Data Robotics spent the last year transforming itself from a maker of expensive consumer storage devices to a player in the nascent small enterprise storage array market. That process took another step this week, as Data Robotics officially renamed itself Drobo. It is ironic that the company would shed a longer, corporate sounding name for the familiar consumer product designation, but there is no denying the power of the Drobo brand.
Data Robotics is back with yet another member in the rapidly-expanding Drobo family of “storage robots.” The newly-announced Drobo FS brings gigabit Ethernet, file-sharing protocols, and installable apps to the platform’s industry-leading flexibility and data protection. But Drobo FS is no slam dunk: It’s expensive, not found in (many) stores, and the value proposition can be difficult to comprehend. Will Drobo FS sink or swim?
DroboPro is here, and it’s quite a compelling offering. It’s generating buzz (DroboPro was the number one trend on Twitter for a while on Tuesday) but is it deserving? In a word, yes. But I’m still not going to buy one! The Drobo for Pros Just as in Apple’s Mac and MacBook lineup, the “Pro” […]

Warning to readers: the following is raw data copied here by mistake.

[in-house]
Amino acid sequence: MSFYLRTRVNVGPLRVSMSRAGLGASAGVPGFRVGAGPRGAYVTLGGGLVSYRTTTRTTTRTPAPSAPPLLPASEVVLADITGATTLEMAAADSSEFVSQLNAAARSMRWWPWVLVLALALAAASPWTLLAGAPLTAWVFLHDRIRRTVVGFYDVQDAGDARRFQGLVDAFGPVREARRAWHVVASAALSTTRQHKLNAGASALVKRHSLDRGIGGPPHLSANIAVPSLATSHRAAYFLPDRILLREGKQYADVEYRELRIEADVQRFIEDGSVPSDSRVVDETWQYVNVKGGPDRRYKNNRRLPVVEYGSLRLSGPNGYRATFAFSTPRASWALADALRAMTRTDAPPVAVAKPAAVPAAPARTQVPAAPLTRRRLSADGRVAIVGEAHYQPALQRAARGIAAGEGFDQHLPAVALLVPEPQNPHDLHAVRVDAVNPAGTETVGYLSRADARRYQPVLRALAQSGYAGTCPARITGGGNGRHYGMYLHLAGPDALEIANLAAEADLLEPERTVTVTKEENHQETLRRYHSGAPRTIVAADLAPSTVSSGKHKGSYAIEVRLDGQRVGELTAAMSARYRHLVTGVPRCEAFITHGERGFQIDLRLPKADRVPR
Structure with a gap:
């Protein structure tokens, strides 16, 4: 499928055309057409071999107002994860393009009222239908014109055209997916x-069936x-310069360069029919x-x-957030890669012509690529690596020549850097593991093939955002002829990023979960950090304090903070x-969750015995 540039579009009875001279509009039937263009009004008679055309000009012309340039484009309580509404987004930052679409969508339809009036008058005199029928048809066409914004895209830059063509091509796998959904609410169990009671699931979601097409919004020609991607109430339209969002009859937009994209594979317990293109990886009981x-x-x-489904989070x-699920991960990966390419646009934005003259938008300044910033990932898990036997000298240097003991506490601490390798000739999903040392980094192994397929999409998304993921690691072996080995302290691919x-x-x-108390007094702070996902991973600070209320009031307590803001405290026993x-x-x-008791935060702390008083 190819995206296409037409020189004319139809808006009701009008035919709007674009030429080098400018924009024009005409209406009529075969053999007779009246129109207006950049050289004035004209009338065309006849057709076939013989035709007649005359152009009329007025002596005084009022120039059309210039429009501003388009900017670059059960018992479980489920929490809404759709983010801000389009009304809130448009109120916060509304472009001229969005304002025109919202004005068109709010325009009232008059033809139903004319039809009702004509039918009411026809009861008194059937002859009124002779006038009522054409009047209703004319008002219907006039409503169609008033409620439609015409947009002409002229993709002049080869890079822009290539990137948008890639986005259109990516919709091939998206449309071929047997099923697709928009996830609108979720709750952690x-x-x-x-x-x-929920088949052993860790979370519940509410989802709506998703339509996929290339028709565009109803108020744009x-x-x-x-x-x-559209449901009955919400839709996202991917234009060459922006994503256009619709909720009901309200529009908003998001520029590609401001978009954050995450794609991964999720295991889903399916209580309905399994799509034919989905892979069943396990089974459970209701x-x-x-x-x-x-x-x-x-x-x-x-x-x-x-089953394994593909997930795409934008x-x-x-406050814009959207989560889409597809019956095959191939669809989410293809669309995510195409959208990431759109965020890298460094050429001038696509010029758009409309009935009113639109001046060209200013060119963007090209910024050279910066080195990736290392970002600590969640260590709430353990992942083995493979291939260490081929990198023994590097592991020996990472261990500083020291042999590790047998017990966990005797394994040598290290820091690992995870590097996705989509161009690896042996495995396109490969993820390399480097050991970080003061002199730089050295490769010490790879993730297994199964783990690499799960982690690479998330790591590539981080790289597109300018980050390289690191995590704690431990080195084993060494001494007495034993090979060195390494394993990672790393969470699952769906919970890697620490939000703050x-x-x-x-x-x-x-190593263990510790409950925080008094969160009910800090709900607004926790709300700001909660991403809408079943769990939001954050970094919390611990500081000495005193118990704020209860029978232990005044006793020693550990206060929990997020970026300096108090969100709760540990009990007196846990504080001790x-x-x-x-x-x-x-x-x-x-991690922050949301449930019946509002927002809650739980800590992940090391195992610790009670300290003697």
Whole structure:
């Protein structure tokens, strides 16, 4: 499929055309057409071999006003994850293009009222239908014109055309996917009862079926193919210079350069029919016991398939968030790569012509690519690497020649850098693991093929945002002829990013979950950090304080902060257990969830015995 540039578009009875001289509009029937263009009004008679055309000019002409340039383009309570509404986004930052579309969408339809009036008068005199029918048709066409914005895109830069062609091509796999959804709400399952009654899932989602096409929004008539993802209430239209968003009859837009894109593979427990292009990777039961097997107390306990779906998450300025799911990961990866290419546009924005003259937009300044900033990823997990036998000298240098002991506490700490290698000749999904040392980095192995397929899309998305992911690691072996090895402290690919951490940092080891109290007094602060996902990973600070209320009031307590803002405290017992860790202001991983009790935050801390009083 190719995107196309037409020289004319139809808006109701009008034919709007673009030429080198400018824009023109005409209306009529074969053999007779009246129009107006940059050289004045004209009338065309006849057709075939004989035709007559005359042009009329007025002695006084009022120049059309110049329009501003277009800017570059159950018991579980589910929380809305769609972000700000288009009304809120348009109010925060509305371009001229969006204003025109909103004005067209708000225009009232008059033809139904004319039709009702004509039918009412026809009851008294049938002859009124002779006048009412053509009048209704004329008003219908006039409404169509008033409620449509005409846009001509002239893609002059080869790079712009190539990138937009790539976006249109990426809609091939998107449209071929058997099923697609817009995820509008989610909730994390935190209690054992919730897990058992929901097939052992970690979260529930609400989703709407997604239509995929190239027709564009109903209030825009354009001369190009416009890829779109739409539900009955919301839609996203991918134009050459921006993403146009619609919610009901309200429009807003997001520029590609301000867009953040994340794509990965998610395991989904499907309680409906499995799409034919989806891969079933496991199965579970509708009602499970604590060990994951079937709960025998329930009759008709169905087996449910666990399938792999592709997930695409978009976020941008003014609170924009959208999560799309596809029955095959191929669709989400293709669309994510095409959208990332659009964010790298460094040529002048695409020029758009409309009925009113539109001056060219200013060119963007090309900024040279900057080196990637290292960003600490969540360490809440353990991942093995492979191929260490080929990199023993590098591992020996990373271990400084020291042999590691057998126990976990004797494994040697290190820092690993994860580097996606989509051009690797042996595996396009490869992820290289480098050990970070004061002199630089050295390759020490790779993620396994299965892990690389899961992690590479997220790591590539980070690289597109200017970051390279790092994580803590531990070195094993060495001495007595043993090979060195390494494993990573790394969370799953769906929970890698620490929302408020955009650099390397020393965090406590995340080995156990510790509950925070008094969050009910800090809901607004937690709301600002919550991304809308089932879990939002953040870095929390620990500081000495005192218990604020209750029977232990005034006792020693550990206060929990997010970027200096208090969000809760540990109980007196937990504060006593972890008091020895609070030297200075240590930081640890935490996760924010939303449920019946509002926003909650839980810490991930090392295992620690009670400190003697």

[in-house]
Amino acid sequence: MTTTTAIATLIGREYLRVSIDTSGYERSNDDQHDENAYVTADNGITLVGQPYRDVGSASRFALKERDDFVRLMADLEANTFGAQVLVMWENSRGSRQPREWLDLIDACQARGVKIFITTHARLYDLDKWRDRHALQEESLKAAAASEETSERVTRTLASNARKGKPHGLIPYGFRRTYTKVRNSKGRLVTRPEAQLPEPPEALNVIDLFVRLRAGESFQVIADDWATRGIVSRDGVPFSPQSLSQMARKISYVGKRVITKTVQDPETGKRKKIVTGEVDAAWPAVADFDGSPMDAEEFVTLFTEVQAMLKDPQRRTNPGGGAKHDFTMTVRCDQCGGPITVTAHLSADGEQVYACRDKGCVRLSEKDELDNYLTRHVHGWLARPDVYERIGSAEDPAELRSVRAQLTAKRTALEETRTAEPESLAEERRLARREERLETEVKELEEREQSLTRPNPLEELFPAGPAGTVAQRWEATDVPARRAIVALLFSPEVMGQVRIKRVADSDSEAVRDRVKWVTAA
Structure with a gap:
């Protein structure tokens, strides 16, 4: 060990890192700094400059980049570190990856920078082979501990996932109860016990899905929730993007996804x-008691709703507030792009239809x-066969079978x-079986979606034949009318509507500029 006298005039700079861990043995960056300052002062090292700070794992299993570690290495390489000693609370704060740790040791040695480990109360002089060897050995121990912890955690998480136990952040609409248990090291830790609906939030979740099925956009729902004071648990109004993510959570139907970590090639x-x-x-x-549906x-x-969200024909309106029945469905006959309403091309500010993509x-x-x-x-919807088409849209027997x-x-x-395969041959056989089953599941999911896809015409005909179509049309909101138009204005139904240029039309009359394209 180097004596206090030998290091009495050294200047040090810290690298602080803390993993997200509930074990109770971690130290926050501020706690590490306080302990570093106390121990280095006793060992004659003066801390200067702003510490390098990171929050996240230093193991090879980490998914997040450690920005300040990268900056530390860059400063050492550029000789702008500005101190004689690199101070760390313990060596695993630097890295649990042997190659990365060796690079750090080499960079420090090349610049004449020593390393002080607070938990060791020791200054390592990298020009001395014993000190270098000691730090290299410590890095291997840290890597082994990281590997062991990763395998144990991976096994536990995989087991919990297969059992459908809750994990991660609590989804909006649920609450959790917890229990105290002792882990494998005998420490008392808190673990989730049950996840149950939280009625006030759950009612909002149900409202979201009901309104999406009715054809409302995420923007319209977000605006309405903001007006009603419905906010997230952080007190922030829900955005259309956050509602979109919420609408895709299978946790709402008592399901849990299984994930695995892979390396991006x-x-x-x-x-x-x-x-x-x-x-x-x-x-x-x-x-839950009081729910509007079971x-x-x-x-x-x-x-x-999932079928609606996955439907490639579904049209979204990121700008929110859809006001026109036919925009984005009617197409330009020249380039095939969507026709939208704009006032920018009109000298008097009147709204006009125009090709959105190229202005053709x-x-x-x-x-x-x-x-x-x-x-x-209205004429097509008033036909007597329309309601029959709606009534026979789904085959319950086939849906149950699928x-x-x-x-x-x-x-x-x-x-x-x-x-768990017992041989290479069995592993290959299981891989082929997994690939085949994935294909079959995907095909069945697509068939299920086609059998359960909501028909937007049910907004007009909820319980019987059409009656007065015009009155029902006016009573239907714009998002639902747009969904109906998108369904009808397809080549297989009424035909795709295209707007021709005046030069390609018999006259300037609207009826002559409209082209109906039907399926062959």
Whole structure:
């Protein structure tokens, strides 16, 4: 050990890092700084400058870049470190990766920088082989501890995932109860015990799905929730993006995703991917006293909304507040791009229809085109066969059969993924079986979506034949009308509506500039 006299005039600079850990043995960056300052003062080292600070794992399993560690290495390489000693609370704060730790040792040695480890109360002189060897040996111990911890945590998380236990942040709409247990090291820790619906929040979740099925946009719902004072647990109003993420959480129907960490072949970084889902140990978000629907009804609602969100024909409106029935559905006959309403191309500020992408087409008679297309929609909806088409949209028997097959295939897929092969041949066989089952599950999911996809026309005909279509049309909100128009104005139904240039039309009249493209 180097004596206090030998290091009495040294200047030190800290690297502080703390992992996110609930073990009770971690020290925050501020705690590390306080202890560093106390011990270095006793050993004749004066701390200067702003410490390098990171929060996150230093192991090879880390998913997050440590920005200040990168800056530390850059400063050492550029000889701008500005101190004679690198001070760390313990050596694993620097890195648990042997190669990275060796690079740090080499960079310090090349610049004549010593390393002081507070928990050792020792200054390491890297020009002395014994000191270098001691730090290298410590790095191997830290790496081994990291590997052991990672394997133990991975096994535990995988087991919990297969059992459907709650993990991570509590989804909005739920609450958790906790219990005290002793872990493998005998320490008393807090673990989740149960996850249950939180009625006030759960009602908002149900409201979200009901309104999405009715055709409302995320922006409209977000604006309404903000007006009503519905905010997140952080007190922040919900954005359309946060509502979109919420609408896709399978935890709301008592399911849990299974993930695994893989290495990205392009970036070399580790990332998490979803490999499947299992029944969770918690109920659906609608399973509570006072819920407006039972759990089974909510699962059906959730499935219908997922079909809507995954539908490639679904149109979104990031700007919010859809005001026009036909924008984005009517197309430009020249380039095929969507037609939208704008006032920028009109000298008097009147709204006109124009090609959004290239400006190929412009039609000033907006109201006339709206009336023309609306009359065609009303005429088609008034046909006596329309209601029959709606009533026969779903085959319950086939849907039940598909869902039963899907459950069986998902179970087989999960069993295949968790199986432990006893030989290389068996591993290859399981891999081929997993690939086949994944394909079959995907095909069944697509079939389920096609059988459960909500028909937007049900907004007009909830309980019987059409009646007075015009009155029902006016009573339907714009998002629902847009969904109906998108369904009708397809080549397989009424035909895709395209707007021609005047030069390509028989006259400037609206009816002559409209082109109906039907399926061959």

As I expected, EMC’s Iomega subsidiary today rolled out the StorCenter Pro ix4-100 a big brother to the popular but plain StorCenter ix2 NAS device. This new model add hot-swappable drives (there are four now), RAID-5, and a longer warranty to make it suitable for small office use. It uses a blacked-out version of the […]
Data Robotics today introduced the second generation of what I think of as a personal storage array, but although the Drobo 2 offers great enhancements, making it a top choice for those needing massive and protected storage on a single computer, it’s still not what I’m looking for in a home storage device.